Legal Communication Papers @ NCA 2013

Many papers on legal communication were (or shortly will be) presented at NCA 2013: The 99th Annual Convention of the National Communication Association, held November 21-24, 2013 in Washington, DC, USA. Here is a list of those I could identify. For abstracts and full text, please contact the authors. (If you know of other papers on legal communication presented at NCA 2013, please feel free to identify them in the comments to this post. Click here for the complete NCA 2013 program.)

  • Jennifer Adams, DePauw University: Defensive Stories: A Comparative Narrative Analysis of Court Statements by Eugene V. Debs and Scott Nearing in Criminal Sedition Trials, 1918
  • Pat Arneson, Duquesne University: ‘Give ’Em Hell Harry’: Free Speech, Executive Order 9981, and Desegregation of the Military
  • Danielle Baxter, Indiana University: Bearing Citizenship: The Mission to Familiarize Immigrants’ Rights
  • Shelby Bell, University of Minnesota: Traditions of Hermeneutic Rhetoric in the Law: An Analysis of Justice Holmes “The Path of the Law” and the Legal Community
  • Michael J. Bergmaier, Penn State University: “The End of an Era”: The Rhetorical Force of Loving v. Virginia
  • Jaclyn Bissell, University of Maryland, College Park: Connecting the Presidency and the Court: Dwight D. Eisenhower’s Supreme Court Appointments as Rhetorical Action
  • Mary A. Bock, University of Texas: Connecting Photography and Justice: Police Witnessing Projects
  • K.C. Councilor, University of Wisconsin, Madison: From Ancient Human Remains to Modern Speaking Subject: The Kennewick Man as Witness in the Case for Claiming the Past
  • Dale Cyphert, University of Northern Iowa: Prepared to Die for Truth: Mandela’s Rhetorical Embodiment at Rivonia
  • Thomas Czarples, Penn State University: Constructing the Deliberating Subject Through Celebrity and Coherence: A Contrast of the Former and Current Washington State Juror Orientation Videos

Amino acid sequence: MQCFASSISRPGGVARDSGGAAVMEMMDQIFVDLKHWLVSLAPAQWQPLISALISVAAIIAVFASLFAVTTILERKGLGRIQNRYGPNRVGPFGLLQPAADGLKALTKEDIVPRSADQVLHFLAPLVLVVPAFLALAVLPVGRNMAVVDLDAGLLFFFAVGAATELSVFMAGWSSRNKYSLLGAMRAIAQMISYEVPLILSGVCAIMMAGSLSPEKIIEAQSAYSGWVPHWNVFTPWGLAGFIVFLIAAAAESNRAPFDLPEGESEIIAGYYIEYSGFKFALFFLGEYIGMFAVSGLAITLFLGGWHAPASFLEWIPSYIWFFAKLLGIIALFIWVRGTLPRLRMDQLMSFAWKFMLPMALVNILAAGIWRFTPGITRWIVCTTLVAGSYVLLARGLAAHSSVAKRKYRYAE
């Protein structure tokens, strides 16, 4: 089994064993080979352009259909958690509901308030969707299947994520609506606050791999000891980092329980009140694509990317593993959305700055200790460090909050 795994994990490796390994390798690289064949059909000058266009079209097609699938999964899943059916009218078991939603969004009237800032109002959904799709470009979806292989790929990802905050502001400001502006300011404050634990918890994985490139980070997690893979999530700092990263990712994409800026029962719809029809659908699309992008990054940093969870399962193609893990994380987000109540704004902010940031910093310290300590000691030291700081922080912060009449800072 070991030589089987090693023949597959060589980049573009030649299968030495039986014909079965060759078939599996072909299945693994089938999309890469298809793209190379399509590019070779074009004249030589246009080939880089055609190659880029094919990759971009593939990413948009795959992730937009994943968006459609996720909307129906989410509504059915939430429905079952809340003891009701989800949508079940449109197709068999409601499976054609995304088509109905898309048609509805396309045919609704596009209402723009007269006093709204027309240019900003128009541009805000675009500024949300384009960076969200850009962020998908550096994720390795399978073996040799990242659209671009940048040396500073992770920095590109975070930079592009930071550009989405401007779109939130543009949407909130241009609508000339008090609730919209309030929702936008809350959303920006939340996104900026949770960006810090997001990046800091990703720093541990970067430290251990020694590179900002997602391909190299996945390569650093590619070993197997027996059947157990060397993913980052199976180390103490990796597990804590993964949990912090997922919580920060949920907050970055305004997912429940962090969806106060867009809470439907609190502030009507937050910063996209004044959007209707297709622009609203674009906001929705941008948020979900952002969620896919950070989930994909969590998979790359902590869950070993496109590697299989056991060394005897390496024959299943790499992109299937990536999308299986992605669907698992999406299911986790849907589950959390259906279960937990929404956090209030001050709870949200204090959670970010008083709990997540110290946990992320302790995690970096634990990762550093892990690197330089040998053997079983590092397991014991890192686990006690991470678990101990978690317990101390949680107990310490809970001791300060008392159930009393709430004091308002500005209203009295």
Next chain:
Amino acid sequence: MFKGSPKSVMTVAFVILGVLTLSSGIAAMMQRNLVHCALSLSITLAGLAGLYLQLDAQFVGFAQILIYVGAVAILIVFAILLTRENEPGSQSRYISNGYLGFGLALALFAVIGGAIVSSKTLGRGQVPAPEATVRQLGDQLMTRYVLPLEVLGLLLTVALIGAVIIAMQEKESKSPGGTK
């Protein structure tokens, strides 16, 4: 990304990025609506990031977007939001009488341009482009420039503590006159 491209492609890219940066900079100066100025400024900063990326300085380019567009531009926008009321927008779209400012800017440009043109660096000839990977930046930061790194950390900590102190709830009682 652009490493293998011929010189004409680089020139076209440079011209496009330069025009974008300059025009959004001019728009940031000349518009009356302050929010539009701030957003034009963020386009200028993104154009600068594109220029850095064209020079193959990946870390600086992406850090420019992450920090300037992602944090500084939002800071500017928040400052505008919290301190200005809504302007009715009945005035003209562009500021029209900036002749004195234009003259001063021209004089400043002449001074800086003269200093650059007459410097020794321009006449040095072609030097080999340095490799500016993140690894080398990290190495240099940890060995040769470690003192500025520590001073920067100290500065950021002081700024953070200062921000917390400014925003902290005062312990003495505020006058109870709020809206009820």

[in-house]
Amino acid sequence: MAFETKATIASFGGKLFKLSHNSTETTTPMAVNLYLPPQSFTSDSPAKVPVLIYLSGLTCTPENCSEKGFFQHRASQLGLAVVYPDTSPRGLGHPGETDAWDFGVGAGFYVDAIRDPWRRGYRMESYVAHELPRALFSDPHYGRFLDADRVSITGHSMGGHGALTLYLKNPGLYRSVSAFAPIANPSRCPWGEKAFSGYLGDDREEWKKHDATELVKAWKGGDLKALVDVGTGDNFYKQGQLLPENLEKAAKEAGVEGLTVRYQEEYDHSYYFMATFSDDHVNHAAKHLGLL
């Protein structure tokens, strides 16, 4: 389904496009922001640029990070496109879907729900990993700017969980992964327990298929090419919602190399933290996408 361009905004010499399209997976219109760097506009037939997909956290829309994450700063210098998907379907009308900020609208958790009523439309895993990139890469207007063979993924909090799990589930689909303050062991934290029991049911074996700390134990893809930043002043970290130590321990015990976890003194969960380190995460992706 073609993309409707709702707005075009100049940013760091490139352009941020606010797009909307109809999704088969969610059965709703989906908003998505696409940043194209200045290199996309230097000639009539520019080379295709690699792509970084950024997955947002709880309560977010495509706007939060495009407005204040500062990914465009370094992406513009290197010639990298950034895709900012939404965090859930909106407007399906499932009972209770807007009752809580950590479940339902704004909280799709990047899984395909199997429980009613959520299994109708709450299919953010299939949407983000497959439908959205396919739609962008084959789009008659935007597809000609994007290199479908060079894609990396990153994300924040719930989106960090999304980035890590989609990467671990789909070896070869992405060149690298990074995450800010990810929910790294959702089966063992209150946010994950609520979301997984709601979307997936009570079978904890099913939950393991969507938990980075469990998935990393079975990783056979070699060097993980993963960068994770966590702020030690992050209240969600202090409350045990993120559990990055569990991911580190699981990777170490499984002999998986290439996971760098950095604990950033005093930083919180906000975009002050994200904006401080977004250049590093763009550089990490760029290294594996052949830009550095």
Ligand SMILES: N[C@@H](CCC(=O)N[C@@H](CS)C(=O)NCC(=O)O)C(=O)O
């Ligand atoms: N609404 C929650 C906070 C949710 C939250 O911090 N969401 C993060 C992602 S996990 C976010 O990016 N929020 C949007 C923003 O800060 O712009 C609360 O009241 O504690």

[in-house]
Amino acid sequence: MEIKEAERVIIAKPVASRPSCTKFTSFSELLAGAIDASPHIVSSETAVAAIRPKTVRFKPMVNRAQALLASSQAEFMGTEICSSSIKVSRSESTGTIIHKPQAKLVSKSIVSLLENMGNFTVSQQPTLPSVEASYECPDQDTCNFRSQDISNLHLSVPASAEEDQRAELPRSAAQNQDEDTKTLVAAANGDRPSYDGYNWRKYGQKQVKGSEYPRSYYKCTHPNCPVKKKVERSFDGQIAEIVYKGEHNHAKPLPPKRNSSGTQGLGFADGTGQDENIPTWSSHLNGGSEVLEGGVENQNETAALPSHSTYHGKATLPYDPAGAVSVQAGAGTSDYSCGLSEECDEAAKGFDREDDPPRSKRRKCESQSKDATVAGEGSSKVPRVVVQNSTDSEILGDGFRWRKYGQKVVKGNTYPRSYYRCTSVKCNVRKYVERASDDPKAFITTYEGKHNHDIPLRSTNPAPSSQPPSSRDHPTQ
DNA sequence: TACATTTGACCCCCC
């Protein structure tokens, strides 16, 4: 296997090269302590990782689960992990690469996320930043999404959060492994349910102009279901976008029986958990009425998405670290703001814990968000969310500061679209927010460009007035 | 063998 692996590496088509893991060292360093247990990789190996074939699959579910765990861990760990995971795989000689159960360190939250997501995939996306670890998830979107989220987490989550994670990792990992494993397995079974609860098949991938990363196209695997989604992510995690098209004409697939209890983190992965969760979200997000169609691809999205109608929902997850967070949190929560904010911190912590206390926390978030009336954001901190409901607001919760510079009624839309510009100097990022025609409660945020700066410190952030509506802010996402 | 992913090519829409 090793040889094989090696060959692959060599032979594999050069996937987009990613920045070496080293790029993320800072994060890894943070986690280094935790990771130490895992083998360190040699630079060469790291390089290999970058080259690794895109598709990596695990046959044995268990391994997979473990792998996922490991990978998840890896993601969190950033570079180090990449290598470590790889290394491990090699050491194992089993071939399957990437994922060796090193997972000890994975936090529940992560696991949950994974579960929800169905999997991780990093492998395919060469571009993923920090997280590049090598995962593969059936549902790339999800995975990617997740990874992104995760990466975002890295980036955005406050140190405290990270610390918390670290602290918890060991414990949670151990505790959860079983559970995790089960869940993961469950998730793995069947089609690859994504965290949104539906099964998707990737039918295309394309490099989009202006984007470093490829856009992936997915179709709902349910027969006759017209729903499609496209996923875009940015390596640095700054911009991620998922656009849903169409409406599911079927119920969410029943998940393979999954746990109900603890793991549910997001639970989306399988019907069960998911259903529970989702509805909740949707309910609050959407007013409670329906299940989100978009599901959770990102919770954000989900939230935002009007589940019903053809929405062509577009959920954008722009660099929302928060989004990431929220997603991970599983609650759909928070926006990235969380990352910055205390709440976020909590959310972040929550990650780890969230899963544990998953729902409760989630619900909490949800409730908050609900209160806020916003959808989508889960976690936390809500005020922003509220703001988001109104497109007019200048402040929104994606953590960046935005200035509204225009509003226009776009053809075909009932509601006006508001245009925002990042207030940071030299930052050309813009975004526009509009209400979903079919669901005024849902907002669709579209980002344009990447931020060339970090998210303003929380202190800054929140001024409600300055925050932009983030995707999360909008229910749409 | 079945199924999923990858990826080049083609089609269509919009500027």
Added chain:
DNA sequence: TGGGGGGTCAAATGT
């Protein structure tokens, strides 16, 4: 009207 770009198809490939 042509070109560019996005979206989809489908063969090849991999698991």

• Aaron M. Dimock, Minnesota State University, Mankato: Changing Connections and Changing Meanings: War in the Drone Age
  • Erin Donovan et al., University of Texas, Austin: An Experimental Test of Medical Disclosure and Consent Documentation: Assessing Patient Comprehension, Self-Efficacy, and Uncertainty
  • Eric Paul Engel, University of New Hampshire (Chair): Convene, Commune, Connect, Coordinate: A Panel Discussion on the Application of CMM (the Coordinated Management of Meaning) in the Context of Law
  • Eric Paul Engel, University of New Hampshire (Chair): Toward a More Civil Union: Connecting Communication, Ethics, and Professionalism in the Practice of Law
  • Sarah K. Fields, University of Colorado, Denver: “The Best Thing to Ever Happen”: The Discourse of Title IX’s 40th Anniversary in Non-Sport Media
  • Jessica Furgerson, Ohio University: Contraception and the Court: Stasiastic Inquiry of the Arguments Advanced in Griswold, Eisenstadt, and Carey
  • Adam J. Gaffey, Black Hills State University: The Text as a Living Process: Frederick Douglass, August First, and the Memory of the Emancipation Proclamation
  • John Gastil, Penn State University, Katherine R. Knobloch, Colorado State University, Dan Kahan, Yale University, and Don Braman, George Washington University: Deliberation across Cultural Cognitive Divides: A Study of Cultural Bias in Public Forums
  • Chelsea Graham, University of Kansas: Connections to the Past, for the Future: John F. Lacey and Early Rhetorics of Conservation and Preservation in the United States
  • Stephen Haas and Sarah Whitton, University of Cincinnati: The Significance of Living Together and Importance of Marriage in Same-Sex Couples
  • Karen L. Hartman, California State University, Stanislaus: “Title IX needed now more than ever”: Discourses surrounding a key gender equity law
  • Ruth L. Hickerson and Karen Tracy, University of Colorado, Boulder: Storied-Arguments and Societal Change: The Case of Legislative Hearings about Marriage Laws
  • Abbie Hodgson, University of Kansas: Courts Constituting Citizenship: A Rhetorical Analysis of Citizens United v. Federal Election Commission
  • Sarah J. Jackson, Northeastern University: Defining Women in Need: VAWA Identity Politics
  • Justin Killian, Hamline University: Vote No: Minnesota and Marriage
  • Katherine R. Knobloch, Colorado State University: Connecting Micro-Deliberation to Government Decision Making: Institutionalizing the Oregon CIR
  • Anne Kretsinger-Harries, Penn State University: America Weighs In: The Rhetorical Aftermath of Brown v. Board of Education
  • Kenneth Lythgoe, University of Wisconsin, Madison: Sleight of Hand: Michigan’s Anti-Bullying Law, (Un)acceptable Exceptions, and the Reversal of Policymaking Rhetoric
  • Ryan Malphurs and Kevin-Khristian Cosgriff-Hernandez, Tara Trask & Associates: Supreme Advocacy: A Discussion with Supreme Court Advocates and Reporters